Taken from a combination of public market sizing estimations as shared in leading electronic discovery reports, publications and posts over time, the following eDiscovery Market Size Mashup shares general worldwide market sizing considerations for both the software and service areas of the electronic discovery market for the years between 2012 and 2017.
The gathering and use of information to help achieve personal and professional objectives has been a task executed by individuals and organizations from the beginning of time. However, with the advent of tools and technologies that can greatly accelerate this gathering and use of information, it is increasingly important that one considers not only the positive things that can be accomplished from the greater understanding derived from increased information access, but also considers the potential dark side usage of this increased information access.
Just as there are many tasks in electronic discovery, many times there are multiple technologies and platforms involved in the complete electronic discovery process. When there are multiple technologies and platforms involved, data must be transferred from disparate technologies and/or platforms to other disparate technologies and/or platforms. This data transfer can be considered a risk factor that affects the overall electronic discovery process.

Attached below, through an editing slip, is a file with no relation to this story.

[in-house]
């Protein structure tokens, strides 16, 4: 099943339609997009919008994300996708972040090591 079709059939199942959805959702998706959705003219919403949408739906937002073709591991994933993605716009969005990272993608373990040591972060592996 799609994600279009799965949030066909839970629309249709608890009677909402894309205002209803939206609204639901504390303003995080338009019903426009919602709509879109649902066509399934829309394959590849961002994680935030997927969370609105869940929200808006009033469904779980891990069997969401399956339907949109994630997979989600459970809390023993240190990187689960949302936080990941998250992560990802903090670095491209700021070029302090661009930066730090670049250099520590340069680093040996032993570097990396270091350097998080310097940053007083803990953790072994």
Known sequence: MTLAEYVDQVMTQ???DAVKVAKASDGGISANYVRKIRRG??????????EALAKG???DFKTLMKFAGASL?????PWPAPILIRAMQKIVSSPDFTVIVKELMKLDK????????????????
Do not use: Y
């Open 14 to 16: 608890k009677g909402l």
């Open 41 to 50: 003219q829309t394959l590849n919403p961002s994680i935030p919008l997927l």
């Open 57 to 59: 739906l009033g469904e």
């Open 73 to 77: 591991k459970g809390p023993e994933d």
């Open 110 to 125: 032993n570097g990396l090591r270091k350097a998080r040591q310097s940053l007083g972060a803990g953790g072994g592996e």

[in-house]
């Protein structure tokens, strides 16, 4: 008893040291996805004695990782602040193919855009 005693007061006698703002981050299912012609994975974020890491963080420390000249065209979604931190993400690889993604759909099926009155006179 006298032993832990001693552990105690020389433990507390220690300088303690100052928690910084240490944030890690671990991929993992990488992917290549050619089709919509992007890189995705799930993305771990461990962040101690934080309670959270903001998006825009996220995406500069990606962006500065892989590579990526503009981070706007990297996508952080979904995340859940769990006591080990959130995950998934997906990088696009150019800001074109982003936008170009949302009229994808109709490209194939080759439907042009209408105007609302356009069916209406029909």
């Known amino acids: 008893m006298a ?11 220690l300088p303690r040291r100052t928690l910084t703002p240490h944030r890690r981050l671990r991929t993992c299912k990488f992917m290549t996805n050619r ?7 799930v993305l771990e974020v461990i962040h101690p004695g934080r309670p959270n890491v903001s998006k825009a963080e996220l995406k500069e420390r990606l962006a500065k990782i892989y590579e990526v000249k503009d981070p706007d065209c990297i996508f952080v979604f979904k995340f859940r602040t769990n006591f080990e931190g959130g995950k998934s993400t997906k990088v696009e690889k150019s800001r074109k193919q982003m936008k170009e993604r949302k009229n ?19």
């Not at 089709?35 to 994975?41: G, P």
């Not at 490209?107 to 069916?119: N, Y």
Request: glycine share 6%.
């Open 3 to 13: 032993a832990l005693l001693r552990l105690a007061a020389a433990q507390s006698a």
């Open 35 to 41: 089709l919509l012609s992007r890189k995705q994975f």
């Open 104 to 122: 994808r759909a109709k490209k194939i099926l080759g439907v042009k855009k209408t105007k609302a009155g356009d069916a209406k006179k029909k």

eDiscovery is rife with risk. Multiple parties, multiple jurisdictions, multiple ESI formats, multiple technologies and multiple vendors are all elements that can contribute to potential risk in an eDiscovery matter. With the prevalence of risk in eDiscovery, it is important that eDiscovery decision makers fully consider vendor viability during the vendor selection process.